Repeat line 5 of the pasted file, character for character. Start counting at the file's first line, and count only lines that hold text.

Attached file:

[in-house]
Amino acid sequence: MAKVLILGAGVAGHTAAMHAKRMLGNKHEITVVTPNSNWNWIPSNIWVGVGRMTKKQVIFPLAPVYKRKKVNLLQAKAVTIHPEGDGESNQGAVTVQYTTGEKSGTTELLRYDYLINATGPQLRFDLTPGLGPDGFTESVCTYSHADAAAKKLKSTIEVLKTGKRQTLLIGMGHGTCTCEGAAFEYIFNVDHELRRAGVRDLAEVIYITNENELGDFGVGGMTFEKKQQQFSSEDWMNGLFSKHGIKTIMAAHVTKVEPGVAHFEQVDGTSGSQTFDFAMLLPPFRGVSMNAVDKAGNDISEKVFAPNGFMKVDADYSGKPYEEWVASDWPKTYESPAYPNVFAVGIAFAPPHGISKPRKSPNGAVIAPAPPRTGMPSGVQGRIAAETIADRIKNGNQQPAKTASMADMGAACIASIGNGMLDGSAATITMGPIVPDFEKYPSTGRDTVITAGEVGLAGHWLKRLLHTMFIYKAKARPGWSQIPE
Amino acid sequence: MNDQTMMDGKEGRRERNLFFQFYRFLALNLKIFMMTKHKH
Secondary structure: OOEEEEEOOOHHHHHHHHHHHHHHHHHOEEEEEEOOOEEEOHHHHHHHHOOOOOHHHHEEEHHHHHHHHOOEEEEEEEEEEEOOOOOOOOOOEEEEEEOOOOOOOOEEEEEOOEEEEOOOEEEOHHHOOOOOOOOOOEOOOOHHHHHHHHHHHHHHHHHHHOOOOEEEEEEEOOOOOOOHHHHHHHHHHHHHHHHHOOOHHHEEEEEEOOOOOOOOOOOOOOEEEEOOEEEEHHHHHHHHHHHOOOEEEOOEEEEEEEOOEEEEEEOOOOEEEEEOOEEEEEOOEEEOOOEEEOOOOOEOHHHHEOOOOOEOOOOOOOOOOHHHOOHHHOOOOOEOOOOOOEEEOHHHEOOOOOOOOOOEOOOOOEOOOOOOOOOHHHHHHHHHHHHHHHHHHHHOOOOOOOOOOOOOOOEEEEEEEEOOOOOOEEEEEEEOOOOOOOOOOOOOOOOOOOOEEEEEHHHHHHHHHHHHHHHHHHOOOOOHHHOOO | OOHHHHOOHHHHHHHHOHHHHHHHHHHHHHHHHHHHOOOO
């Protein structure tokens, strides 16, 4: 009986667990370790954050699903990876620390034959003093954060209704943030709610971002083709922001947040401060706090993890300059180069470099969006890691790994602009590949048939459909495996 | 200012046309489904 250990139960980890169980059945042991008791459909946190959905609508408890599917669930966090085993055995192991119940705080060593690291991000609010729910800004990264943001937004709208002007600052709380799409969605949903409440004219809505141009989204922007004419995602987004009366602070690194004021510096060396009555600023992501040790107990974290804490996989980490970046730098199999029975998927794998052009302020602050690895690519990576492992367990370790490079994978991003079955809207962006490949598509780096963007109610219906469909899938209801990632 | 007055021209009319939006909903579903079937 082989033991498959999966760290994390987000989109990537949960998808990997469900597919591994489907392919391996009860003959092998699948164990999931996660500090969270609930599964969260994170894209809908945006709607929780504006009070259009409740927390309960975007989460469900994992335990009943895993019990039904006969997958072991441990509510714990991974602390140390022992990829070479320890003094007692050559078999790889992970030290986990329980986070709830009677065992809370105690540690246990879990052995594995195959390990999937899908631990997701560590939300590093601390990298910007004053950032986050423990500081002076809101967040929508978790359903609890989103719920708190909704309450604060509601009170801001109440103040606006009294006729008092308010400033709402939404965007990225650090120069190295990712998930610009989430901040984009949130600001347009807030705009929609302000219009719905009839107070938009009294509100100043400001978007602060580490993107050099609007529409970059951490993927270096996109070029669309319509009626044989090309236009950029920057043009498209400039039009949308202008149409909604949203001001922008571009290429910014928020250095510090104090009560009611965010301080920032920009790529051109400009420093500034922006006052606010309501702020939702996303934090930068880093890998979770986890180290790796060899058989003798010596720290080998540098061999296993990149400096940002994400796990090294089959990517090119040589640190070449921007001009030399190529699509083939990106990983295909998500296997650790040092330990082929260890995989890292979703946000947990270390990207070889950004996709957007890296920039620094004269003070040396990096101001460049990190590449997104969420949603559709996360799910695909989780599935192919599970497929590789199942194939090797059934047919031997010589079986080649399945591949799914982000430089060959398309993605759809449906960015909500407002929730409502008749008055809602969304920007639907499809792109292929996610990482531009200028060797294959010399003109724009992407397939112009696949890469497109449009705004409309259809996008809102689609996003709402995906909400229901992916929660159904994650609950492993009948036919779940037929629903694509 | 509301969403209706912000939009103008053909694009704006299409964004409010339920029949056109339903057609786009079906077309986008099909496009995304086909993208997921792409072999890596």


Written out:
């Protein structure tokens, strides 16, 4: 009986667990370790954050699903990876620390034959003093954060209704943030709610971002083709922001947040401060706090993890300059180069470099969006890691790994602009590949048939459909495996 | 200012046309489904 250990139960980890169980059945042991008791459909946190959905609508408890599917669930966090085993055995192991119940705080060593690291991000609010729910800004990264943001937004709208002007600052709380799409969605949903409440004219809505141009989204922007004419995602987004009366602070690194004021510096060396009555600023992501040790107990974290804490996989980490970046730098199999029975998927794998052009302020602050690895690519990576492992367990370790490079994978991003079955809207962006490949598509780096963007109610219906469909899938209801990632 | 007055021209009319939006909903579903079937 082989033991498959999966760290994390987000989109990537949960998808990997469900597919591994489907392919391996009860003959092998699948164990999931996660500090969270609930599964969260994170894209809908945006709607929780504006009070259009409740927390309960975007989460469900994992335990009943895993019990039904006969997958072991441990509510714990991974602390140390022992990829070479320890003094007692050559078999790889992970030290986990329980986070709830009677065992809370105690540690246990879990052995594995195959390990999937899908631990997701560590939300590093601390990298910007004053950032986050423990500081002076809101967040929508978790359903609890989103719920708190909704309450604060509601009170801001109440103040606006009294006729008092308010400033709402939404965007990225650090120069190295990712998930610009989430901040984009949130600001347009807030705009929609302000219009719905009839107070938009009294509100100043400001978007602060580490993107050099609007529409970059951490993927270096996109070029669309319509009626044989090309236009950029920057043009498209400039039009949308202008149409909604949203001001922008571009290429910014928020250095510090104090009560009611965010301080920032920009790529051109400009420093500034922006006052606010309501702020939702996303934090930068880093890998979770986890180290790796060899058989003798010596720290080998540098061999296993990149400096940002994400796990090294089959990517090119040589640190070449921007001009030399190529699509083939990106990983295909998500296997650790040092330990082929260890995989890292979703946000947990270390990207070889950004996709957007890296920039620094004269003070040396990096101001460049990190590449997104969420949603559709996360799910695909989780599935192919599970497929590789199942194939090797059934047919031997010589079986080649399945591949799914982000430089060959398309993605759809449906960015909500407002929730409502008749008055809602969304920007639907499809792109292929996610990482531009200028060797294959010399003109724009992407397939112009696949890469497109449009705004409309259809996008809102689609996003709402995906909400229901992916929660159904994650609950492993009948036919779940037929629903694509 | 509301969403209706912000939009103008053909694009704006299409964004409010339920029949056109339903057609786009079906077309986008099909496009995304086909993208997921792409072999890596």